Ryan Grigson doesn't rest during the offseason.
While fans may assume that the front office's job is done for the summer after the draft, a GM that isn't continuing to shape the roster is a poor GM.
Last season, Grigson made numerous transactions during the offseason that resulted in critical production during the season, such as Cassius Vaughn, Moise Fokou, Mewelde Moore and Justin King. Each of those veterans were acquired in a variety of ways, be it trade (Fokou, Vaughn) or free agency (Moore, King).
This offseason, Grigson is at it again, continually scouring far and wide for any available talent, including cast-aside veteran talent. Specifically, cast-aside tight ends are being sought after.
Rosario, a 28-year-old tight end from the University of Oregon, has spent six years in the NFL, four with the Carolina Panthers and two between the Dolphins, Broncos and Chargers. He's namely been a special teams player, averaging fewer than 17 catches per season.
McMichael is an 11-year veteran who has spent years with the Dolphins, Rams and (most recently) the Chargers. McMichael has had a productive career, but is in the twilight of it, and had just nine receptions last season without any scores.
Ingram was drafted in 2009 by the Philadelphia Eagles, but tore his ACL during training camp, and has been bouncing between practice squads ever since, never appearing in a regular-season game.
The Colts' activity tells us one thing definitively: They are not satisfied with their third tight end.
Last season, the Colts only kept three true tight ends on the active roster at any given time: Dwayne Allen, Coby Fleener and Dominique Jones or Weslye Saunders.
Allen and Fleener's jobs are safe, so we must assume that the third spot is the one up for grabs. The Colts currently have Saunders, Jones and 2013's Mr. Irrelevant Justice Cunningham on the roster.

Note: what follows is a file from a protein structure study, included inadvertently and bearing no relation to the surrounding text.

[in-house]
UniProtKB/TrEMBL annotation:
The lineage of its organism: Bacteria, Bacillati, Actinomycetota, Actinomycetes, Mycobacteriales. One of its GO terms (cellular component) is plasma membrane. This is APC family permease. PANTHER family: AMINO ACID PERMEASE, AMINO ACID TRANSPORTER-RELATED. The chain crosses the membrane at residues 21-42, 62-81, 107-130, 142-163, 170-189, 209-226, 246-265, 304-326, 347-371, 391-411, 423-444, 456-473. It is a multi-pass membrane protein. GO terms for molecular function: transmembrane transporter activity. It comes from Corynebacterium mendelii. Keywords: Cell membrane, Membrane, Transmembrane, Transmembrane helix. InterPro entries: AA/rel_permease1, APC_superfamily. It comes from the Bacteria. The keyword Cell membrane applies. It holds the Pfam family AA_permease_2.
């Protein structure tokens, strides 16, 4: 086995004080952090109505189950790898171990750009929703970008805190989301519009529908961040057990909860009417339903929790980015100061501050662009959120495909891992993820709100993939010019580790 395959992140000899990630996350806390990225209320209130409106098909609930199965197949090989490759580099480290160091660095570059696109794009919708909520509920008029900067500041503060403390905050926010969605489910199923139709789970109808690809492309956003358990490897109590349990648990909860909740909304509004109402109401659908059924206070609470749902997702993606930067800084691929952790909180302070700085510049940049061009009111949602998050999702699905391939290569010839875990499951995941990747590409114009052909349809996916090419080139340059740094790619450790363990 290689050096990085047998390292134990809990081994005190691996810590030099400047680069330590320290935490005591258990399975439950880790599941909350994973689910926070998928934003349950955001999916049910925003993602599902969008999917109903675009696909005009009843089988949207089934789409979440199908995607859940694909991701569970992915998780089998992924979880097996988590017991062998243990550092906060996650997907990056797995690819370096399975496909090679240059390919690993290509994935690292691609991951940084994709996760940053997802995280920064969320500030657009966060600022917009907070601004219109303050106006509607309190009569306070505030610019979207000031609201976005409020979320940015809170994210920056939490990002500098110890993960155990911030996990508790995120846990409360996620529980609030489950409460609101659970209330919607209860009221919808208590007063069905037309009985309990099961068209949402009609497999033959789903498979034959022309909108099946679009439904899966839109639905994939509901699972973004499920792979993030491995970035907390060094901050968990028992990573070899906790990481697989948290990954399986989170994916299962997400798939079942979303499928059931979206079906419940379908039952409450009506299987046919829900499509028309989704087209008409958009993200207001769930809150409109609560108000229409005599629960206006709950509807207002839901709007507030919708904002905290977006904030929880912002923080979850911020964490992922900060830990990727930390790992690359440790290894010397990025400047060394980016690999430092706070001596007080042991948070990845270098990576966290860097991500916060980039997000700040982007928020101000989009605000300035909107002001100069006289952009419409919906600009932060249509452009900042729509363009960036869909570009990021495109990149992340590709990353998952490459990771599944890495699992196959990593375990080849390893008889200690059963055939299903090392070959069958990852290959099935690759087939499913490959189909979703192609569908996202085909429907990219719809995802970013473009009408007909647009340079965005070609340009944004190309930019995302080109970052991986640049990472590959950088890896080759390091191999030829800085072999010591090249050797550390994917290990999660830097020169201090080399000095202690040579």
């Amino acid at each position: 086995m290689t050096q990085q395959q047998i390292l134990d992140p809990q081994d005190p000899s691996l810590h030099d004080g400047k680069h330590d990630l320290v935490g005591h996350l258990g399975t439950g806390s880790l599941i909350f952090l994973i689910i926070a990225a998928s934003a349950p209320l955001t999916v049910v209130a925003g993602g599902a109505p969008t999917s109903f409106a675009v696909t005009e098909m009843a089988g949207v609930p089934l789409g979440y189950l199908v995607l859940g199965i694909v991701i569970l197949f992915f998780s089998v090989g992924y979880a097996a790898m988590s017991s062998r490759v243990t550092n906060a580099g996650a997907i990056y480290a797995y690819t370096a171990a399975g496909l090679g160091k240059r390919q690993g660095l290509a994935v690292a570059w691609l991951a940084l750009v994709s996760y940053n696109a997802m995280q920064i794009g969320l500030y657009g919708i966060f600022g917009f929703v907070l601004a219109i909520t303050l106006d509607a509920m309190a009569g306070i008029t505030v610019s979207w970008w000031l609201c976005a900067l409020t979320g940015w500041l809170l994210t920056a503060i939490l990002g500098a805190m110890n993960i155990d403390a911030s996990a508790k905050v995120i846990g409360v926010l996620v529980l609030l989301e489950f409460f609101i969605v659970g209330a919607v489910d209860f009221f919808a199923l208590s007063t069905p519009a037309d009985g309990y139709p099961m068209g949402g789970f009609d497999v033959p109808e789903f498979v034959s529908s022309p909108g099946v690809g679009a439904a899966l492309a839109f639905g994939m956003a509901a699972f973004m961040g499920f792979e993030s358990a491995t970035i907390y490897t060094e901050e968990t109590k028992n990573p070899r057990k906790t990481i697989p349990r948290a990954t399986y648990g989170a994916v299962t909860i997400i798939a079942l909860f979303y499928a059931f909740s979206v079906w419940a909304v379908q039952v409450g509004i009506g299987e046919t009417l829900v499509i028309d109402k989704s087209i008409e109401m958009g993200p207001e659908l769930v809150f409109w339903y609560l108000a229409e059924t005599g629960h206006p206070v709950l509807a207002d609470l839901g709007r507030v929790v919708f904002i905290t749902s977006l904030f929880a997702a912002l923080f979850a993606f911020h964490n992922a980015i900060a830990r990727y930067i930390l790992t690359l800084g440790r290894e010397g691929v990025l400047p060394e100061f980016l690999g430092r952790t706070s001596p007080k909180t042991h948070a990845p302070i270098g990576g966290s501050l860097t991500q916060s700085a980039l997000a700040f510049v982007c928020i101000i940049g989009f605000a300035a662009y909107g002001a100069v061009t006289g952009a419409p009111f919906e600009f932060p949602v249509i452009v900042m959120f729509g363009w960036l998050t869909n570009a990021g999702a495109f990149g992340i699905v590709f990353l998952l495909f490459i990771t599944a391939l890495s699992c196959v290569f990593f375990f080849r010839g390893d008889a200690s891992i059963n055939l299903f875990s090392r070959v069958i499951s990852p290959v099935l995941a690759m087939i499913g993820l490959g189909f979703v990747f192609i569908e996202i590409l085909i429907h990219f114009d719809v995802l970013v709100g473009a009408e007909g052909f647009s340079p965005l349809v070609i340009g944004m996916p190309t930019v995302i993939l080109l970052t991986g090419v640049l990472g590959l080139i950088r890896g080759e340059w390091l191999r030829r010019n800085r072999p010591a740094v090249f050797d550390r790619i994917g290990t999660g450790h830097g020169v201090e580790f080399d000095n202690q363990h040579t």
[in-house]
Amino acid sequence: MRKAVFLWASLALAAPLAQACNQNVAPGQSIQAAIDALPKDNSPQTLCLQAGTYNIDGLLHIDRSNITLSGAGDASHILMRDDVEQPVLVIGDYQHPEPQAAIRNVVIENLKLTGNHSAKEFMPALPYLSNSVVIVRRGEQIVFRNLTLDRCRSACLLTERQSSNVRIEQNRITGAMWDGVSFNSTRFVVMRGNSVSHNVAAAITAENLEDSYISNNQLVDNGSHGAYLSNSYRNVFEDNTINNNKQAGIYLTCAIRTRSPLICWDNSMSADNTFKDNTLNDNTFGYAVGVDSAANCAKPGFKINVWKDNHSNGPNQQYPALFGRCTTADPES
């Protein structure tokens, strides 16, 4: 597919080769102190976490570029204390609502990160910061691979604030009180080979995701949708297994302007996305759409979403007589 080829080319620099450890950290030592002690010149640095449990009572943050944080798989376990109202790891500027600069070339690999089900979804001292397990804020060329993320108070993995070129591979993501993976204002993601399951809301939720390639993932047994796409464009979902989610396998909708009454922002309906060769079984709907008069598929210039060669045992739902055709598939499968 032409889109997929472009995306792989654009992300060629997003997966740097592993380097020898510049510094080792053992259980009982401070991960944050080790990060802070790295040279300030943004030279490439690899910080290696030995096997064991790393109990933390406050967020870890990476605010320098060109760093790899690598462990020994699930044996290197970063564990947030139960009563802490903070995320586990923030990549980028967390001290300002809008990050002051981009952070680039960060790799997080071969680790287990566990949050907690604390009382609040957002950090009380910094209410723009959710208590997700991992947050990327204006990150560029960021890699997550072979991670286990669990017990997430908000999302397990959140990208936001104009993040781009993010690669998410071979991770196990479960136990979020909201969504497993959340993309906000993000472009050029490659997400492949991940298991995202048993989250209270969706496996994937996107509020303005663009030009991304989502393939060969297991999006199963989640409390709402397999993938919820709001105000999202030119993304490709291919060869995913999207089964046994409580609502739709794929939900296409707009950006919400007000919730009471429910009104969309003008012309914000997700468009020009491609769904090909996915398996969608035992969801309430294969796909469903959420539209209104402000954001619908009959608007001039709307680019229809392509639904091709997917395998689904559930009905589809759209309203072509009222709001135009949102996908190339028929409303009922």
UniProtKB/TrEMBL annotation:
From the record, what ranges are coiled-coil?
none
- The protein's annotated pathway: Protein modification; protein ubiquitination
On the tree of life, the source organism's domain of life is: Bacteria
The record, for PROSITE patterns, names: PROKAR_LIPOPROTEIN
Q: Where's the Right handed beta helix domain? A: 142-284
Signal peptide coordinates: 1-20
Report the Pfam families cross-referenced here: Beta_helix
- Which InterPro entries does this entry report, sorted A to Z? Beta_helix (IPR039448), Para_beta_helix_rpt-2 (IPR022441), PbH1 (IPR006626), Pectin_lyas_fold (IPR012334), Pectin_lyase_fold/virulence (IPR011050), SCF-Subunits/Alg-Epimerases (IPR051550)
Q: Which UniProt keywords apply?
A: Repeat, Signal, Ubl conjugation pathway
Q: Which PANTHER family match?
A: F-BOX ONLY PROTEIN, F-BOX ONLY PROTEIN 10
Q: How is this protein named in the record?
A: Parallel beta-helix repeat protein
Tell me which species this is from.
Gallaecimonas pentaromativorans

With none of the veteran tight ends brought in for a tryout sticking in Indianapolis, there is a good chance that they will continue to look.
Do they need a veteran to compete for the spot? I have to believe not.
It's not a drastic need by any means. Fleener and Allen are the future, and will take the lion's share of the snaps. An experienced veteran to round out the position would be a luxury at best.
The positive of having an older TE is clear: an experienced voice in the locker room to help mentor Allen and Fleener as they progress, much like Matt Hasselbeck is doing for Andrew Luck.
The disadvantage, however, is that it would likely block any chance of Justice Cunningham, who has impressed in OTAs and mini-camp, making the final roster and contributing during the season.
Cunningham, if he worked out, would be the perfect addition to the position, with his size and skill as a blocker fitting in perfectly as a special teams player and extra blocker on TE-heavy run sets. His surprisingly good receiving skills would help keep the defense honest as well.
The Colts may have the option to cut and place Cunningham on the practice squad for a season, but it is a risk: Other teams may claim him.
If the Colts wish to find a veteran presence and influence for Allen and Fleener, a veteran TE should not be difficult to find as the offseason grows. If they wish to develop their seventh-round pick, however, a tight end signing at this time will likely be nothing but a camp body.